YouTube Screenshot of video from KCAL/CBS News of Lancaster, California sheriff’s deputies manhandling a woman in a June 24 incident. Photo: YouTube

LOS ANGELES—In a determined pursuit of justice and calling for an end to systemic police violence, victims of two alleged police brutality incidents in Antelope Valley have recently taken significant legal steps against deputies and the Los Angeles County Sheriff’s Department. The incidents occurred in Lancaster and Palmdale, shaking local and national communities.  

Attorneys for Yeayo Russell filed a federal excessive force lawsuit stemming from a traffic stop in Palmdale. A deputy reportedly violently struck her in the face multiple times as she held her newborn son, Dinero, in her arms.  According to the complaint, they were passengers in a car, and she was breastfeeding her baby, when police pulled it over on July 14, 2022, according to the complaint. 

“She’s obviously very, very scared, very, very stressed. … This happened a year ago.  She’s had to deal with it privately during that entire time, and now it’s public, so she has to relive it again,” Attorney Jamon Hicks of Douglas/Hicks Law told The Final Call.

According to the complaint, Ms. Russell has suffered physical injuries requiring medical treatment, including but not limited to, bruising hematomas (solid swelling of clotted blood within the tissues), contusions, numbness, stiffness, swelling, skin discoloration, disorientation, headaches, and pain and discomfort, and emotional trauma from separation from her newborn child.


The suit alleges that L.A. County has had a practice and a custom of using excessive force against the Antelope Valley residents, and specifically, the use of force against Black women, said Atty. Hicks, during a news conference at their office on July 24, when the lawsuit was filed.  Further, they have failed to train deputies on how to retrieve a child, if necessary, without using force against that mother, he said.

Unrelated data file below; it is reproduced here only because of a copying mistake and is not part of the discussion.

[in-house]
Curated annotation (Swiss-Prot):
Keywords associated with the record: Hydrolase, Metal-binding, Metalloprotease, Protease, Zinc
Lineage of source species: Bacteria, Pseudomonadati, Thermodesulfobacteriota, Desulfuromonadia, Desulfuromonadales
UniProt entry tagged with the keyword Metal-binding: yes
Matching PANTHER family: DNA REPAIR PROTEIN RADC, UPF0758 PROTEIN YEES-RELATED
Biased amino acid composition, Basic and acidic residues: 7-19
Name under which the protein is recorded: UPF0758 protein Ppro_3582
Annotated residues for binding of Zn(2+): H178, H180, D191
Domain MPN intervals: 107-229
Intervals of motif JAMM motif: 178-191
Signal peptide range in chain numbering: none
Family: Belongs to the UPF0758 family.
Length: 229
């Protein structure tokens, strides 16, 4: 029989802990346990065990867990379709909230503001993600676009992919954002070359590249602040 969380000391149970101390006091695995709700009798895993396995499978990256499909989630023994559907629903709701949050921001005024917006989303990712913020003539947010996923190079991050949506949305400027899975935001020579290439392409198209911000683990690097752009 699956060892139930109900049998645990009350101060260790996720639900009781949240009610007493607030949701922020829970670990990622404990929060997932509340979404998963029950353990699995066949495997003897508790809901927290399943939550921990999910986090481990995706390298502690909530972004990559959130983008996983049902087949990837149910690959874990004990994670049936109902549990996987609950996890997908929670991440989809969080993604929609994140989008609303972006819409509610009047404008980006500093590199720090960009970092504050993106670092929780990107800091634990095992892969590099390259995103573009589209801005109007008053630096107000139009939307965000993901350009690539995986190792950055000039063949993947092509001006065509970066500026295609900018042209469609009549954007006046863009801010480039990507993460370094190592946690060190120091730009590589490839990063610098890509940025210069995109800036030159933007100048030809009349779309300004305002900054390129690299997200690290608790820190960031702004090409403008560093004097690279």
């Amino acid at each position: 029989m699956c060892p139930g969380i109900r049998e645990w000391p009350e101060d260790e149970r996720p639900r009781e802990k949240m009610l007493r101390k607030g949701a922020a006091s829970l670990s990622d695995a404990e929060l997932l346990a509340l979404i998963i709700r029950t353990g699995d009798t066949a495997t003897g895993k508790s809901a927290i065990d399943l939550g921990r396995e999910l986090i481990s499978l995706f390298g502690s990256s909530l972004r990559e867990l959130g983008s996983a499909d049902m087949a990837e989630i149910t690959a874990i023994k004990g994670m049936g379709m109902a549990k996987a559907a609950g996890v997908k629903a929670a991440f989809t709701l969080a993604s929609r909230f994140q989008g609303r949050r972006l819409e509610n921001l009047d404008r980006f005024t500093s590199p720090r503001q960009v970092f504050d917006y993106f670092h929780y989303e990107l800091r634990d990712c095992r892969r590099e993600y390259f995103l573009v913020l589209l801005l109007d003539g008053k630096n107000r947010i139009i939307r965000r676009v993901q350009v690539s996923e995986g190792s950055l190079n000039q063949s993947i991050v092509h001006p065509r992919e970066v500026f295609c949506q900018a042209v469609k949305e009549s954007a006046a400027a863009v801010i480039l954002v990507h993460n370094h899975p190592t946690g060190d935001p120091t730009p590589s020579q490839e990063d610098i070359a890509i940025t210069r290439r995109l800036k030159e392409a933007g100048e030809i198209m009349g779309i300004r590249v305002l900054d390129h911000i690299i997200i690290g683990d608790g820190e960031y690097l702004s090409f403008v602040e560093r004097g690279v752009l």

“This case is about more than just punches,” said Atty. Hicks. For example, the young mother was in jail for four days, with no idea of where her child was or if he was okay, he said. 

Meanwhile, a short distance away in Lancaster, Jacey Houseton spoke out during a recent news conference with her attorney, Caree Harper, outside WinCo grocery store, where on June 24, a deputy slammed the elderly Black woman to the ground on shoplifting allegations.

“He tried to kill me. And for what? Because I was taking a picture or taking a video of possibly some misconduct on an African American male,” she stated, in a video posted online by KCAL/CBS News.  Ms. Houseton said she suffered a fractured arm and a black eye, according to news outlets.

Atty. Harper, who is also representing Damon Barnes, who was already detained by a deputy on the same accusations, announced a lawsuit on July 31 against the Los Angeles County Sheriff’s Department, according to a FOX 11 report.  Atty. Harper also called on Los Angeles County District Attorney George Gascón to prosecute LA sheriff’s deputy Trevor Kirk for the felony battery of Houseton, continued the news report.  “Where on earth is it acceptable to punch a woman in the face? Folks punching women in the face should be criminal and [they should be] arrested on the spot,” Atty. Harper said. 

Both deputies in the Lancaster incident were relieved of field duty, pending further investigation.

Police body camera footage of both incidents went viral, renewing debates about the urgent need for comprehensive police reform. 

However, they are undeniably stark examples of why the Honorable Elijah Muhammad, the Eternal Leader of the Nation of Islam, teaches that separation is the best and only solution between Blacks and Whites. Even in cases of police misconduct when the offending officers are Black and Latino, the mindset and actions of White supremacy is ever-present.  

The White race’s “mask of civility” is being peeled back, like layers of an onion, warns the Honorable Minister Louis Farrakhan, National Representative of the Honorable Elijah Muhammad and his chief student and helper.

“As Caucasians begin to feel threatened and their security is compromised, the mask of civility comes off—and then you see murder coming out of their hearts and their eyes,” stated Minister Farrakhan in Part 27 of his 2013 lecture series, “The Time and What Must be Done.”